Historical context

Asthall Manor was built in the early 17th century, although a house has been on the site since the 13th century.   The present manor is a vernacular two-storey Jacobean house built in local Costwold limestone.  The garden, not including the walled garden, covers 2.4 ha and was designed by Julian and Isobel Bannerman for the present owners. Famously the house was the home of the Mitford family from 1919 to 1926. C E Bateman carried out extensions to the house at this time and may also have designed the walled garden buildings.

Walled Kitchen Garden

The garden is 0.43 ha and is on the opposite side of the road to the house.  It is square in shape, with walls on all sides, built of coursed limestone rubble.  There is no evidence on the 1st, 2nd or 3rd edn OS maps that this was a garden, so it is probable that it originated in the 20th century during the occupation of the manor by the Redesdale and the Mitford family.

Two buildings in the walled garden echo social activities in the Mitfords era. The slate-roofed Arts and Crafts building contains antique farm implements and machinery, while the adjacent nearly derelict two-roomed summer house has evidence of shelving, cupboards and a stove.

The small stone pen on the east wall of the garden, could have been for animals and may have origins in an earlier and more agricultural use of the area. There is a water point in the centre north part of the garden.

Current use

Currently the walled garden is laid to grass with less than a quarter separated for fruit and vegetables, in the north west corner. There is a modern reproduction Victorian glasshouse.  The north wall has evidence of fruit tree training and an older specimen pear tree amongst some new planting.

Special features

The Arts and Crafts building, the derelict summerhouse and the walled animal pen.

Designation status

None for the walled garden.

Degree of completeness

The garden walls are complete, however the planting, frameyard and glasshouses are no longer extant.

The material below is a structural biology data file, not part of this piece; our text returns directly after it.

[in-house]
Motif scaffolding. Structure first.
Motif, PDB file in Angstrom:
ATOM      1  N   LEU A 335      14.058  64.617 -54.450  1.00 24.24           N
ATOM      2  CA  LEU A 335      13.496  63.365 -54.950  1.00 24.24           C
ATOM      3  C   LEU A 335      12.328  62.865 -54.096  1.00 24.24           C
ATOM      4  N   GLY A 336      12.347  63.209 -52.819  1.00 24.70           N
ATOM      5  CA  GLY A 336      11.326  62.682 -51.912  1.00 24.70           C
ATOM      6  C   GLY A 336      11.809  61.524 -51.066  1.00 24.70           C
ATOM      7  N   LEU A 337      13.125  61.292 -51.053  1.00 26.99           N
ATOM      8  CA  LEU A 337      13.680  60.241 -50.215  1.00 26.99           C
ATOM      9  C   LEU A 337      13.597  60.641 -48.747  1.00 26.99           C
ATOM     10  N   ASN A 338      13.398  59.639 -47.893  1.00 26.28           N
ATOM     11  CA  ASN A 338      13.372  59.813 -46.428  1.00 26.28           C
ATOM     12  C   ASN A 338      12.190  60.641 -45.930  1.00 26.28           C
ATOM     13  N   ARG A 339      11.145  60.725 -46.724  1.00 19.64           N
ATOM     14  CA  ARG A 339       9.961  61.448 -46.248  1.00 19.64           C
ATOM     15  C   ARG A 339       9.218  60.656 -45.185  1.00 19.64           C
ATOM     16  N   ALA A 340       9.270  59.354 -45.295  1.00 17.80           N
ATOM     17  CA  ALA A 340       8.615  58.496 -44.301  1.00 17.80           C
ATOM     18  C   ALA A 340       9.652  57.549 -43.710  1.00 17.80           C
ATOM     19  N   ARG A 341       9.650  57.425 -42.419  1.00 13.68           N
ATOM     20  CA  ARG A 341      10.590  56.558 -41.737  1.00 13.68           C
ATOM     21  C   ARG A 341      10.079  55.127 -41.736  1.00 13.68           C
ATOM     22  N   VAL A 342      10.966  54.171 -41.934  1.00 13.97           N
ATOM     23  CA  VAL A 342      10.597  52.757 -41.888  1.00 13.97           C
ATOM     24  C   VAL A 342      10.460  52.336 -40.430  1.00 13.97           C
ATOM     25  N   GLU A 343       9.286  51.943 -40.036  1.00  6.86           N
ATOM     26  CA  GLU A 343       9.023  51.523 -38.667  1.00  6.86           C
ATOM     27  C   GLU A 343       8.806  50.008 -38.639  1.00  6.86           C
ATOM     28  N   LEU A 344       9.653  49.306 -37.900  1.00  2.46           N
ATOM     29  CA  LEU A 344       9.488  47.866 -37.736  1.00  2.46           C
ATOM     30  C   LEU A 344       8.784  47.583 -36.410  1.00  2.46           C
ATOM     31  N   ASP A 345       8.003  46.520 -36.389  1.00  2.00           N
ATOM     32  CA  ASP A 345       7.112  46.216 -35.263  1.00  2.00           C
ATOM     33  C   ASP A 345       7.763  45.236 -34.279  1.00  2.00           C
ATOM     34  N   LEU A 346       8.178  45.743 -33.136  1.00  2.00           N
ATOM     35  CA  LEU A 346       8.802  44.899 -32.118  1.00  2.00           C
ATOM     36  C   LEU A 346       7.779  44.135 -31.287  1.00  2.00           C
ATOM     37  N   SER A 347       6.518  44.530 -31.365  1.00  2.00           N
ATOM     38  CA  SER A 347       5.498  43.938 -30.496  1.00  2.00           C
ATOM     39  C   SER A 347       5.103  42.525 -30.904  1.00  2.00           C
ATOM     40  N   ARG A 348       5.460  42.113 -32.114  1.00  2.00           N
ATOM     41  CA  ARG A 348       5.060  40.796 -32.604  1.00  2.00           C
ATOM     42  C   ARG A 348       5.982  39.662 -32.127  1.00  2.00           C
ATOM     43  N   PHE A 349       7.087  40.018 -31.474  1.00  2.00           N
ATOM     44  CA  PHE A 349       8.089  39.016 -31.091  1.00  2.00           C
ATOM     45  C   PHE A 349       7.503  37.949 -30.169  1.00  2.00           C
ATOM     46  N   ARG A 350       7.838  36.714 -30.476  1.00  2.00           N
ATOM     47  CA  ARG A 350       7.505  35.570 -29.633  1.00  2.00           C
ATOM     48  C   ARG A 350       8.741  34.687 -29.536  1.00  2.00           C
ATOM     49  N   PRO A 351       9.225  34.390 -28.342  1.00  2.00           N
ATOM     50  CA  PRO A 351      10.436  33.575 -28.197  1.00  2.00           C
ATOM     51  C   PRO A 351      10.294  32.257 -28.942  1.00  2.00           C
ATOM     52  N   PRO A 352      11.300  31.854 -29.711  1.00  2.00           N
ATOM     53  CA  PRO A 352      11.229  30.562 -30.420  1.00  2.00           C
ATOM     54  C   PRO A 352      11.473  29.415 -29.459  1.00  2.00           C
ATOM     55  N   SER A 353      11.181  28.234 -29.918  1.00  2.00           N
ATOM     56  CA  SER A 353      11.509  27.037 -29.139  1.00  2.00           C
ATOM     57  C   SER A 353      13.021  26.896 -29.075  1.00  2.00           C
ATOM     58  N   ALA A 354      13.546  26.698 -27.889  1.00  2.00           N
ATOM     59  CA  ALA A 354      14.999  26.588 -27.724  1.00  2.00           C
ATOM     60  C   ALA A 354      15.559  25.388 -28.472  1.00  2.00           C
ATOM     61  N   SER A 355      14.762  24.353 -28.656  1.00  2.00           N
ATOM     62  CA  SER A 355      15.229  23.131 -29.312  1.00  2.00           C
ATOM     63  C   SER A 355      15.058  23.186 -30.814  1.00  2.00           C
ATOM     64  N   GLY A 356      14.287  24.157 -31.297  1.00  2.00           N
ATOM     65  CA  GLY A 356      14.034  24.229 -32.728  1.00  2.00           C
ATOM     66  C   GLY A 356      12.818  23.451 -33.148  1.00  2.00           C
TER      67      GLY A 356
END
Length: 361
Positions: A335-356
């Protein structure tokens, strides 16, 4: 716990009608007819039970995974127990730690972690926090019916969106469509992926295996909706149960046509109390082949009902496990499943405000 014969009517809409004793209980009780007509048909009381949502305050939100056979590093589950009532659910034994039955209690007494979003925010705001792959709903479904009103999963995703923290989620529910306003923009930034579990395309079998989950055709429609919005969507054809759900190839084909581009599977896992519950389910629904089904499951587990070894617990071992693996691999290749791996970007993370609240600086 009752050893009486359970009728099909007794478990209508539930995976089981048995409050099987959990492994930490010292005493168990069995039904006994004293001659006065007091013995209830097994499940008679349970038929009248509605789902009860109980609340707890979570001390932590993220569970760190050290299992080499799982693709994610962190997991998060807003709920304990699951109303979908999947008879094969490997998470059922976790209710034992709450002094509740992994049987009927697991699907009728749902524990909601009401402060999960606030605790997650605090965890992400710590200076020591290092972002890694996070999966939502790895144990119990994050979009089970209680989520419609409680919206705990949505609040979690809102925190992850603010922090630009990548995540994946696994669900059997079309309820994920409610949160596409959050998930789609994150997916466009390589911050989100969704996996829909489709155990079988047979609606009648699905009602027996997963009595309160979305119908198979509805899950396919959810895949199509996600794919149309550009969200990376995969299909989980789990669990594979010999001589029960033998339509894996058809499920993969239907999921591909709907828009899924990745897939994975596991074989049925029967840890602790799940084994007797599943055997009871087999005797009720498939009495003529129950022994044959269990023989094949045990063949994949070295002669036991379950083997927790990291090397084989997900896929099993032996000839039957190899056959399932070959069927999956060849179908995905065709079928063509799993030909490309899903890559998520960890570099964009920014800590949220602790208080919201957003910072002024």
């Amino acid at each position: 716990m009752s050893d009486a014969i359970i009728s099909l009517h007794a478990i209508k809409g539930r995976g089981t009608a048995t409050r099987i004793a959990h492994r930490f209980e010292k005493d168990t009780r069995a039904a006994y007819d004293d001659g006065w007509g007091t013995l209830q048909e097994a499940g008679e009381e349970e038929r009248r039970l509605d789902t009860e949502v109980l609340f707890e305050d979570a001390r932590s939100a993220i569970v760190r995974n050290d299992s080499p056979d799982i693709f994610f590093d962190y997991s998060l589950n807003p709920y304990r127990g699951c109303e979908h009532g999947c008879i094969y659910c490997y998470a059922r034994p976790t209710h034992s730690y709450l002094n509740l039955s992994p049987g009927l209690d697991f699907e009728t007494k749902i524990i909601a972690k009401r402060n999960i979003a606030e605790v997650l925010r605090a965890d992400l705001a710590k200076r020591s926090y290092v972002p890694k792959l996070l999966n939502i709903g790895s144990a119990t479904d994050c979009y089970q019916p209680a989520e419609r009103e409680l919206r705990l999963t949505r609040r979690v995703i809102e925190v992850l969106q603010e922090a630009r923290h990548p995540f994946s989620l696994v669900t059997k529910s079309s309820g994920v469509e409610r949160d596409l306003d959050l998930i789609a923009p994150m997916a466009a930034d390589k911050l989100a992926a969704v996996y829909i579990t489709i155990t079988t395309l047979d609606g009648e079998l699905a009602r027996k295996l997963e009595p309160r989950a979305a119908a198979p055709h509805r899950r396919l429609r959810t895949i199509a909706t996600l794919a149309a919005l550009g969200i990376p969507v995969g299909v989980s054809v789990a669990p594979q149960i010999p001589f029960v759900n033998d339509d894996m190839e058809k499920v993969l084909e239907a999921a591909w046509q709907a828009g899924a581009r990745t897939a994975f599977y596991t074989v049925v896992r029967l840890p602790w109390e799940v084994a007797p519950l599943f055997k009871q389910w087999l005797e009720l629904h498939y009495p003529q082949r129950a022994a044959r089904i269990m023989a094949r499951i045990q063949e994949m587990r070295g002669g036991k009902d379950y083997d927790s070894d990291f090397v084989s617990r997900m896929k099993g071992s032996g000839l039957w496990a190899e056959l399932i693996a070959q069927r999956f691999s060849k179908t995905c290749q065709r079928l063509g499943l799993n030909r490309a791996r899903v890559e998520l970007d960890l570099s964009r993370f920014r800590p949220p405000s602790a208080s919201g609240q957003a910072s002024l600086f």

Ownership and access

Privately owned.  Occasionally open with NGS

Sources of information

Otwell, Gordon (1999) Literary Strolls Around the Cotswolds and the Forest of Dean. Sigma Leisure. p. 71

Unpublished site survey undertaken by volunteers with Oxfordshire Gardens Trust, April 2013

Map reproduced by permission the National Library of Scotland – Maps

Name of district

West Oxfordshire

Grid reference

SP 28653 11277

Arrival 27th July 1921

The Botanic Gardens

Magdalen College

The bike ride from Woodstock to Oxford would have been along the same road as today but a much quieter road. The 1921 [Oxford and District special edition one inch map] shows the road  passing by Yarnton, over the Oxford Canal, through Peartree Hill, past Upper Wolvercote and down the Woodstock Road. As Loyal and Sam arrived in Oxford on the afternoon of the 27th July, it was possibly quite a leisurely ride.

The following day they manage to squeeze in visits to the Botanic Gardens, Magdalen College, a glimpse of Merton, lunch at the University Museum, a flash past Wadham, St John’s College, the Bodleian (Duke Humphrey’s), the Radcliffe Camera and All Souls College.

In the Botanic Gardens Loyal was able to identify a tree that he had been unable to at Blenheim – (possibly) the ‘Cypress’ planted by ex-Kaiser Wilhelm II.  The specimen he recognised at the Botanic Gardens was a Taxodium disticheum – the cypress that Loyal may have been familiar with from the swampy south eastern States of America.  The tree planted in 1840 was unfortunately severely damaged by a freak gust of wind and the top snapped off.  It had to be felled in 1995.  To celebrate the 400 anniversary of the gardens (2021) it has been decided to plant a Taxodium very close to the original spot where the first tree grew.

Just over the road at Magdalen College, Loyal was greatly impressed with the ‘most beautiful tower  . . .but the finest thing there is the meadow with the deer, the walk along the Cherwell and best of all Addison’s walk with the beautiful trees overhanging’